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Here is an excerpt from Dustin Lance Black’s new memoir “Mama’s Boy” to be published April 30

The following is an exclusive excerpt via EW.com from Mama’s Boy: A Story from Our Americas by Dustin Lance Black, the Oscar-winning screenwriter behind Milk and LGBTQ activist known for his role in helping overturn the anti-gay California proposition 8. Black’s memoir traces his coming-of-age as a gay Mormon in Texas, and his relationship with his deeply religious mother.

My mom now lived in Manassas Park, in a house built right on top of the bloodied Civil War battlefields of Bull Run, where more than twenty-four thousand soldiers gave their lives in the debate over whether all men are created equally—a scar on our nation, reminding us of how divided we once were, and in many ways still are.

I had added a three-day layover via Dulles Airport in Virginia to my next love-fueled flight to London to see the Brit I was fast falling head over heels for. It was a little surprise visit to lift my mom’s spirits, and a big birthday present to myself. My mom cried with joy and relief when I walked into her bedroom. I spent all three days with her there. We blew out candles. We ate cake. We ordered in from a local restaurant and enjoyed our dinners on her bedroom floor. Then I opened the presents she’d ordered off her laptop from her perennial perch atop her bed.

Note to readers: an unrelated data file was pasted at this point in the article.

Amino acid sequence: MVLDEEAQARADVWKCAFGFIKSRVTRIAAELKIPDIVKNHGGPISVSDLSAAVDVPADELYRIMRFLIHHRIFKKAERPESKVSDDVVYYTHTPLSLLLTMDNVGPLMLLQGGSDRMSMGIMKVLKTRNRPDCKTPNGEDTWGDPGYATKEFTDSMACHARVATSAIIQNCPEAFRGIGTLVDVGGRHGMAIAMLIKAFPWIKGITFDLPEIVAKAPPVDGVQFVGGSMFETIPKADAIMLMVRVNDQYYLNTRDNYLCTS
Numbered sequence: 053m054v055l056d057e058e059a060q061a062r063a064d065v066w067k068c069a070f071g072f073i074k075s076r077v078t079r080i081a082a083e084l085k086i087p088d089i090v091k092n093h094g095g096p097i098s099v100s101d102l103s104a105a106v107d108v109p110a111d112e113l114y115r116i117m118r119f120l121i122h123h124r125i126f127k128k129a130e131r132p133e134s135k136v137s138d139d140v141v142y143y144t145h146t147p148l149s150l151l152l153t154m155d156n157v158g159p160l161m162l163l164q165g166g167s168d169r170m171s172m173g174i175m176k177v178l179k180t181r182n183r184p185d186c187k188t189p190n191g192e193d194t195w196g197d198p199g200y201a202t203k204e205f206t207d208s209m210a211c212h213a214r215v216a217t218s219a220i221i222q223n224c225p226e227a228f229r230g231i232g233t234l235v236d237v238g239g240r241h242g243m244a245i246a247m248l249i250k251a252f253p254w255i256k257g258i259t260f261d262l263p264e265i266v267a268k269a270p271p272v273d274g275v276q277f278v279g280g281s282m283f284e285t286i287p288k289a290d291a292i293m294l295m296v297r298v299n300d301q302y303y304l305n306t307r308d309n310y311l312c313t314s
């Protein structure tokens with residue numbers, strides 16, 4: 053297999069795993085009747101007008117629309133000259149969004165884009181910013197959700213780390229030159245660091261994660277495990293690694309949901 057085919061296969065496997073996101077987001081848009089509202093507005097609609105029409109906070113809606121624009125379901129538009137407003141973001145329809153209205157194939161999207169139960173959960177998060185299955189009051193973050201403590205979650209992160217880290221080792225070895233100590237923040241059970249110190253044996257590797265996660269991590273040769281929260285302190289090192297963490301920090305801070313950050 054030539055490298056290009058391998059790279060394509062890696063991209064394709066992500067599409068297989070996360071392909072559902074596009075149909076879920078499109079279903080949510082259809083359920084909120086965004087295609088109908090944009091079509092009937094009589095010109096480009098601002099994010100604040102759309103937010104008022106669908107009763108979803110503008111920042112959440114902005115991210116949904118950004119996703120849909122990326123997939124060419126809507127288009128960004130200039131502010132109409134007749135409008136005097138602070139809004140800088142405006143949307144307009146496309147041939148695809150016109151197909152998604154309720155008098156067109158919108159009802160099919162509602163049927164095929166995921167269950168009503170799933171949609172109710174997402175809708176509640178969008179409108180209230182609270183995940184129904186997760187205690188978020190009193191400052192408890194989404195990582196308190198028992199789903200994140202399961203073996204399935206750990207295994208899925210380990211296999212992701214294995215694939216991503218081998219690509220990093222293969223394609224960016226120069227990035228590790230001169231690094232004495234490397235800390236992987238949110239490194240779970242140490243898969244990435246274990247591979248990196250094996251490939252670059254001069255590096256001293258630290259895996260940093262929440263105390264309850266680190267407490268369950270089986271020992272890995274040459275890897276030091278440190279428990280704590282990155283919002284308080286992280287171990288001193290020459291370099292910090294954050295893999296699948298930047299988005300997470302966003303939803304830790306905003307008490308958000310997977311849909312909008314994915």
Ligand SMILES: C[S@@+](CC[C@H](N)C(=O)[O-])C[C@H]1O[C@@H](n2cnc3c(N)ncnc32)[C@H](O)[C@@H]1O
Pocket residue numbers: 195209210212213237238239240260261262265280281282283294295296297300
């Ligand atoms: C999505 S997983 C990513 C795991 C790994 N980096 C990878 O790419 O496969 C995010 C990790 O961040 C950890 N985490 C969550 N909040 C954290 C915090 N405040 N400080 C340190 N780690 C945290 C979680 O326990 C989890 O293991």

She wasn’t feeling well, but that was nothing new. For a variety of reasons, big and small, she’d long been forced to use her not inconsiderable strength to fight off this illness or that. We’d done this ailment dance many times. We simply took advantage of her sleepless nights to share stories, watch NCIS, check out the Home Shopping Network’s jewelry specials and buy a few pairs of earrings she couldn’t afford on a military retirement check, sneak far too many Oreo cookies, and witness a sunrise. Her spirits were lifted by the company. So were mine.

Just before I left, my stepdad arrived home from work to take her to the doctor for a checkup, and get her some antibiotics for what she felt sure was a bladder infection. Love hungry and London bound, I ordered a cab to the airport.

It was a markedly quiet ride. I don’t remember music ever even being turned on. But then my cell phone rang. The caller ID said “Mom.” Nothing unusual. This was her regular call to say she missed me already, and I would say the same, because it was true. Instead, when I said hello, my stepdad’s trembling voice rang in my ears: “Your mother collapsed. In the garage. Her heart stopped. The medics got here. They did CPR and revived her, but she isn’t conscious. It’s bad, Lance. It’s really bad.”

Go to EW.com to read the rest of the except.

FILE UNDER: Books

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